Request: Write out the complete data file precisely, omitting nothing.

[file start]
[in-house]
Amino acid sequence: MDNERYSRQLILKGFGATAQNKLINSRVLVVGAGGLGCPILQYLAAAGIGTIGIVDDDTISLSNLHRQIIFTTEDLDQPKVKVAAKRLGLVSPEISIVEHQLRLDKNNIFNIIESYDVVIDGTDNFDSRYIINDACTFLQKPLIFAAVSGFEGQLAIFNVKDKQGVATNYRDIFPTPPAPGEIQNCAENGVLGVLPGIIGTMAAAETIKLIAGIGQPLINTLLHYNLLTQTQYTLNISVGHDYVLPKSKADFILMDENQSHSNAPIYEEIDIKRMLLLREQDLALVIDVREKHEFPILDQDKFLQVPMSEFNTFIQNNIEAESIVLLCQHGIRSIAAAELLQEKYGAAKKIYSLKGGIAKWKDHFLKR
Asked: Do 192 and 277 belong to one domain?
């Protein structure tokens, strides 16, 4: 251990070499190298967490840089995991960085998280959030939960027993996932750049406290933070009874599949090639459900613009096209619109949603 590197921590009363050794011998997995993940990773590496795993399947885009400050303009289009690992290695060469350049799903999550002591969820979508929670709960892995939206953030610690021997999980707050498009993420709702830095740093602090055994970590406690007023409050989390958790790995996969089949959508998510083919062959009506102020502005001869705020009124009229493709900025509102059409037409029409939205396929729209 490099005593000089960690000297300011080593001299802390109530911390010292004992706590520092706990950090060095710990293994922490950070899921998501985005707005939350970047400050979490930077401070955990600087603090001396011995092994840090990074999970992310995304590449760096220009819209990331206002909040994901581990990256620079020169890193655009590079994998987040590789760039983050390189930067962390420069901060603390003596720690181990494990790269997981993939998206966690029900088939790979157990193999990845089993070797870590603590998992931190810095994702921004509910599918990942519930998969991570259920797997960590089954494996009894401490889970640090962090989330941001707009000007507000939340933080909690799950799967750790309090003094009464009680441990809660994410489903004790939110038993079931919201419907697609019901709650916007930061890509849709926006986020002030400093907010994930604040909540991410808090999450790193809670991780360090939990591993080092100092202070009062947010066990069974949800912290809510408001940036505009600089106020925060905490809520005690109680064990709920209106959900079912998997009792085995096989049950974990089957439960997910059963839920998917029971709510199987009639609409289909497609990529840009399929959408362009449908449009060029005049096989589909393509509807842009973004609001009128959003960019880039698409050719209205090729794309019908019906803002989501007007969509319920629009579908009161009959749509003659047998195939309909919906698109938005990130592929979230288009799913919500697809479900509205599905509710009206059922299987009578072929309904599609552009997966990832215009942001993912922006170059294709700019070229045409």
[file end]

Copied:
[in-house]
Amino acid sequence: MDNERYSRQLILKGFGATAQNKLINSRVLVVGAGGLGCPILQYLAAAGIGTIGIVDDDTISLSNLHRQIIFTTEDLDQPKVKVAAKRLGLVSPEISIVEHQLRLDKNNIFNIIESYDVVIDGTDNFDSRYIINDACTFLQKPLIFAAVSGFEGQLAIFNVKDKQGVATNYRDIFPTPPAPGEIQNCAENGVLGVLPGIIGTMAAAETIKLIAGIGQPLINTLLHYNLLTQTQYTLNISVGHDYVLPKSKADFILMDENQSHSNAPIYEEIDIKRMLLLREQDLALVIDVREKHEFPILDQDKFLQVPMSEFNTFIQNNIEAESIVLLCQHGIRSIAAAELLQEKYGAAKKIYSLKGGIAKWKDHFLKR
Asked: Do 192 and 277 belong to one domain?
């Protein structure tokens, strides 16, 4: 251990070499190298967490840089995991960085998280959030939960027993996932750049406290933070009874599949090639459900613009096209619109949603 590197921590009363050794011998997995993940990773590496795993399947885009400050303009289009690992290695060469350049799903999550002591969820979508929670709960892995939206953030610690021997999980707050498009993420709702830095740093602090055994970590406690007023409050989390958790790995996969089949959508998510083919062959009506102020502005001869705020009124009229493709900025509102059409037409029409939205396929729209 490099005593000089960690000297300011080593001299802390109530911390010292004992706590520092706990950090060095710990293994922490950070899921998501985005707005939350970047400050979490930077401070955990600087603090001396011995092994840090990074999970992310995304590449760096220009819209990331206002909040994901581990990256620079020169890193655009590079994998987040590789760039983050390189930067962390420069901060603390003596720690181990494990790269997981993939998206966690029900088939790979157990193999990845089993070797870590603590998992931190810095994702921004509910599918990942519930998969991570259920797997960590089954494996009894401490889970640090962090989330941001707009000007507000939340933080909690799950799967750790309090003094009464009680441990809660994410489903004790939110038993079931919201419907697609019901709650916007930061890509849709926006986020002030400093907010994930604040909540991410808090999450790193809670991780360090939990591993080092100092202070009062947010066990069974949800912290809510408001940036505009600089106020925060905490809520005690109680064990709920209106959900079912998997009792085995096989049950974990089957439960997910059963839920998917029971709510199987009639609409289909497609990529840009399929959408362009449908449009060029005049096989589909393509509807842009973004609001009128959003960019880039698409050719209205090729794309019908019906803002989501007007969509319920629009579908009161009959749509003659047998195939309909919906698109938005990130592929979230288009799913919500697809479900509205599905509710009206059922299987009578072929309904599609552009997966990832215009942001993912922006170059294709700019070229045409």